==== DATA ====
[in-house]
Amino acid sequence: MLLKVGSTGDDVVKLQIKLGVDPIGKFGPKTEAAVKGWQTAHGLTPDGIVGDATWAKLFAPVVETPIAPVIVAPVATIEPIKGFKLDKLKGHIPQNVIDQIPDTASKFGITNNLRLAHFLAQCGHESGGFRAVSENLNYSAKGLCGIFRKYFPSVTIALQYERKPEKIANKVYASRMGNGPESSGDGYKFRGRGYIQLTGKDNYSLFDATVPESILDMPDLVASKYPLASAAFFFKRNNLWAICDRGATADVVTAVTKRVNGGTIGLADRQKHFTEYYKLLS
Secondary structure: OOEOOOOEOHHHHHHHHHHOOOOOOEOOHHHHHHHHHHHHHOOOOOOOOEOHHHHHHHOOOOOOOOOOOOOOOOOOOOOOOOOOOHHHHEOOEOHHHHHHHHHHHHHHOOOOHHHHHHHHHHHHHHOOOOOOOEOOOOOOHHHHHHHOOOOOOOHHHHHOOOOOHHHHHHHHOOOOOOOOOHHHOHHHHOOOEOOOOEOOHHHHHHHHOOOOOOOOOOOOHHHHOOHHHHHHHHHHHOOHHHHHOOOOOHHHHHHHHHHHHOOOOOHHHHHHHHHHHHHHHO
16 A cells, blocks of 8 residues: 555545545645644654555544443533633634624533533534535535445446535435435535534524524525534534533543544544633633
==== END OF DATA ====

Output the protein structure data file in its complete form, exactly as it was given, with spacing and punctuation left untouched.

[in-house]
Amino acid sequence: MLLKVGSTGDDVVKLQIKLGVDPIGKFGPKTEAAVKGWQTAHGLTPDGIVGDATWAKLFAPVVETPIAPVIVAPVATIEPIKGFKLDKLKGHIPQNVIDQIPDTASKFGITNNLRLAHFLAQCGHESGGFRAVSENLNYSAKGLCGIFRKYFPSVTIALQYERKPEKIANKVYASRMGNGPESSGDGYKFRGRGYIQLTGKDNYSLFDATVPESILDMPDLVASKYPLASAAFFFKRNNLWAICDRGATADVVTAVTKRVNGGTIGLADRQKHFTEYYKLLS
Secondary structure: OOEOOOOEOHHHHHHHHHHOOOOOOEOOHHHHHHHHHHHHHOOOOOOOOEOHHHHHHHOOOOOOOOOOOOOOOOOOOOOOOOOOOHHHHEOOEOHHHHHHHHHHHHHHOOOOHHHHHHHHHHHHHHOOOOOOOEOOOOOOHHHHHHHOOOOOOOHHHHHOOOOOHHHHHHHHOOOOOOOOOHHHOHHHHOOOEOOOOEOOHHHHHHHHOOOOOOOOOOOOHHHHOOHHHHHHHHHHHOOHHHHHOOOOOHHHHHHHHHHHHOOOOOHHHHHHHHHHHHHHHO
16 A cells, blocks of 8 residues: 555545545645644654555544443533633634624533533534535535445446535435435535534524524525534534533543544544633633